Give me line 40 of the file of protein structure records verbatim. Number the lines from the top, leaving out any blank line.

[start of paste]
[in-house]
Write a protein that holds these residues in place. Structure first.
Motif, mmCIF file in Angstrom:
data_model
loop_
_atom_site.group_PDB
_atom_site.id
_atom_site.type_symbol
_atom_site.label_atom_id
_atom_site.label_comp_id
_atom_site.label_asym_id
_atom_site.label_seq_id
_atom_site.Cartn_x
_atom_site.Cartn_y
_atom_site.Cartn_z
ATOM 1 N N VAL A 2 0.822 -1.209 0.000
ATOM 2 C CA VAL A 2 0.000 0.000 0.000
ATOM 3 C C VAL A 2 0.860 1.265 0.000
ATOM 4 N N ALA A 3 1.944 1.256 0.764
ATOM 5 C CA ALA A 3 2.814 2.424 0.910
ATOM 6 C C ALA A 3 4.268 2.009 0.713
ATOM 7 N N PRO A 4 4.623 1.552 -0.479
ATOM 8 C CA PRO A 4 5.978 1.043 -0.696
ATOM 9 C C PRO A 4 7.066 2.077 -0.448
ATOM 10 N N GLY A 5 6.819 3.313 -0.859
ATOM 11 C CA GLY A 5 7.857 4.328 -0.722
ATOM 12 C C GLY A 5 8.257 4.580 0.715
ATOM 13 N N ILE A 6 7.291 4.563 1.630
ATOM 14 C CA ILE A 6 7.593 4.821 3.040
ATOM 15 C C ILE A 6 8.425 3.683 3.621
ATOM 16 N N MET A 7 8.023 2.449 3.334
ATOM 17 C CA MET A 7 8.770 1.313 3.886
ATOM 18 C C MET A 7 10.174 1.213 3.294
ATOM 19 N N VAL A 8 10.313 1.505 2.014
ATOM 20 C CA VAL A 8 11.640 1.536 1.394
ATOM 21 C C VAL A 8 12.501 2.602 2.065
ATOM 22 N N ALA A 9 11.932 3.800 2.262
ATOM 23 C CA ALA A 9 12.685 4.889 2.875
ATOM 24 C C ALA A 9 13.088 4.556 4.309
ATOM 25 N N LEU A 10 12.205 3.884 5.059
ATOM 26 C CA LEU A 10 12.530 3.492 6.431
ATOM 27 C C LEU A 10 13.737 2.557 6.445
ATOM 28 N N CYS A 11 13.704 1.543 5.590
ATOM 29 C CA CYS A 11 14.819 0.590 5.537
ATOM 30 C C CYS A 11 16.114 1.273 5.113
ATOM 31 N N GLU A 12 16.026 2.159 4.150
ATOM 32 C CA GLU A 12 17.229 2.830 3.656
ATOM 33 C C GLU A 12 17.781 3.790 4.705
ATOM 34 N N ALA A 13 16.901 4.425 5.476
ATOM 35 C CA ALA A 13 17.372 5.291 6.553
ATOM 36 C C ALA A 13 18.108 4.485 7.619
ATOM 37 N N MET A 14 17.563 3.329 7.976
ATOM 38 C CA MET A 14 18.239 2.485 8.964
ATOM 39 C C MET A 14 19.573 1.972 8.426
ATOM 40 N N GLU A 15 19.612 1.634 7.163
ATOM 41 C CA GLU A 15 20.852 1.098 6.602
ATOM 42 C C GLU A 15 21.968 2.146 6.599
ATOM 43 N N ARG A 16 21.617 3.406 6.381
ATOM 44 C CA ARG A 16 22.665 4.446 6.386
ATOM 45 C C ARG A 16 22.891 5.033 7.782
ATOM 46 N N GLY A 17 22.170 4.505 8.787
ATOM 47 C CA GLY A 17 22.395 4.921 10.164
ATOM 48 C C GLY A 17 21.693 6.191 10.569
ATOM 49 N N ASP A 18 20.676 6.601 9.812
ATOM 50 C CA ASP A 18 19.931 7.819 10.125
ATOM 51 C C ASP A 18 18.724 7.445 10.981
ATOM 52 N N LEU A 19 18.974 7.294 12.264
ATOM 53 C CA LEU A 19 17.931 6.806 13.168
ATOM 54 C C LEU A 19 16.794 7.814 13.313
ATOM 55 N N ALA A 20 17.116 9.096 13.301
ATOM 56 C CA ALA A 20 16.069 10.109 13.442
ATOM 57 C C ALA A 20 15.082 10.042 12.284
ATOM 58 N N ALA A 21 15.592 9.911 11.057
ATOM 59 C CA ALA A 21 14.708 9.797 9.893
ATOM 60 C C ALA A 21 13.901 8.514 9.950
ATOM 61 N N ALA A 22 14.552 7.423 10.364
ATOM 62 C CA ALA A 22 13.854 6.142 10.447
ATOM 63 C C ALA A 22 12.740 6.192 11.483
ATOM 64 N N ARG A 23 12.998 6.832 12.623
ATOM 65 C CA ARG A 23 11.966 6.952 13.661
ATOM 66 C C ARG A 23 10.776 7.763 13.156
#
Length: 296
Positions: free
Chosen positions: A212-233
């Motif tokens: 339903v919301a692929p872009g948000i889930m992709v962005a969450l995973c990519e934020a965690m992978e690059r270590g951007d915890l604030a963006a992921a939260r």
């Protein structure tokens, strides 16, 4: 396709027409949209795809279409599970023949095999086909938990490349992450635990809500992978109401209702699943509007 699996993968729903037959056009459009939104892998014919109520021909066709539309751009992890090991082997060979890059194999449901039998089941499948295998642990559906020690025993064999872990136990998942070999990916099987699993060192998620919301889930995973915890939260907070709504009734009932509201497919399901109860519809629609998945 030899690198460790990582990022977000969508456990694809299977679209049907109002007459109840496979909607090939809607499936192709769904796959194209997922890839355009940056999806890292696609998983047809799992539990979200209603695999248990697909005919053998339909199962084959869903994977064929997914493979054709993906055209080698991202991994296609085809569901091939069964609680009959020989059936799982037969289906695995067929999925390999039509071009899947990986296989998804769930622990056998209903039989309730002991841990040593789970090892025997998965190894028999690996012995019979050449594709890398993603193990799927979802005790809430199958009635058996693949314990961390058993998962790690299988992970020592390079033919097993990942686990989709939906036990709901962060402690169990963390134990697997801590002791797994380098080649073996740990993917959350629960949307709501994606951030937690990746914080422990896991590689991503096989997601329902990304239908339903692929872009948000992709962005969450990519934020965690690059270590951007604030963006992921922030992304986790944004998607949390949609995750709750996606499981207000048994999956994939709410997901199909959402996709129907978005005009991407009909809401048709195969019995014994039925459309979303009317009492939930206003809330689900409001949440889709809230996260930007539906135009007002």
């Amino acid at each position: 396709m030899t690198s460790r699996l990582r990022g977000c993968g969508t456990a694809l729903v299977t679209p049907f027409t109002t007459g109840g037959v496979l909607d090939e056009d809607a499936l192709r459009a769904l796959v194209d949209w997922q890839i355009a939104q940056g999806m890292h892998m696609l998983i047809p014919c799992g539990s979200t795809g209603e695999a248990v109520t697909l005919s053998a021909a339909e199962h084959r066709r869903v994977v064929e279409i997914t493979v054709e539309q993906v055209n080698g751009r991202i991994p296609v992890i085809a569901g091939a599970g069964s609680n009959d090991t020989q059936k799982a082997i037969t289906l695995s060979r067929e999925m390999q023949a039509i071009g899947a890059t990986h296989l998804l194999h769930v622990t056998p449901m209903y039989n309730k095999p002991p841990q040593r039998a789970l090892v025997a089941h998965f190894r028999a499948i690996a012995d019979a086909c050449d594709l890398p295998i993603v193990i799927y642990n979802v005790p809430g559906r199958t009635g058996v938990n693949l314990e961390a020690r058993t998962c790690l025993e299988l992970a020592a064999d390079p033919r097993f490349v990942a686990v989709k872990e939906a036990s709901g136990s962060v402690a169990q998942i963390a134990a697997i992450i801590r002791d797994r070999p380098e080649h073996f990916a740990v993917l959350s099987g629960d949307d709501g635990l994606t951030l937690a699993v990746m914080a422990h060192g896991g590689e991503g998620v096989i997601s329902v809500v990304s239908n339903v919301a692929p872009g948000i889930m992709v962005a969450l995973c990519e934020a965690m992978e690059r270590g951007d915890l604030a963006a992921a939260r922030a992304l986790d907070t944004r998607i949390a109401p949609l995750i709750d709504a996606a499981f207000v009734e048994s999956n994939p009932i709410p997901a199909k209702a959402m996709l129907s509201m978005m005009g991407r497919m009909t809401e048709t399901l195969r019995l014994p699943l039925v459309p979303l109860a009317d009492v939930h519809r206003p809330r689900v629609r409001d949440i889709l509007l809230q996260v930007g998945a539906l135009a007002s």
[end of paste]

ATOM 25 N N LEU A 10 12.205 3.884 5.059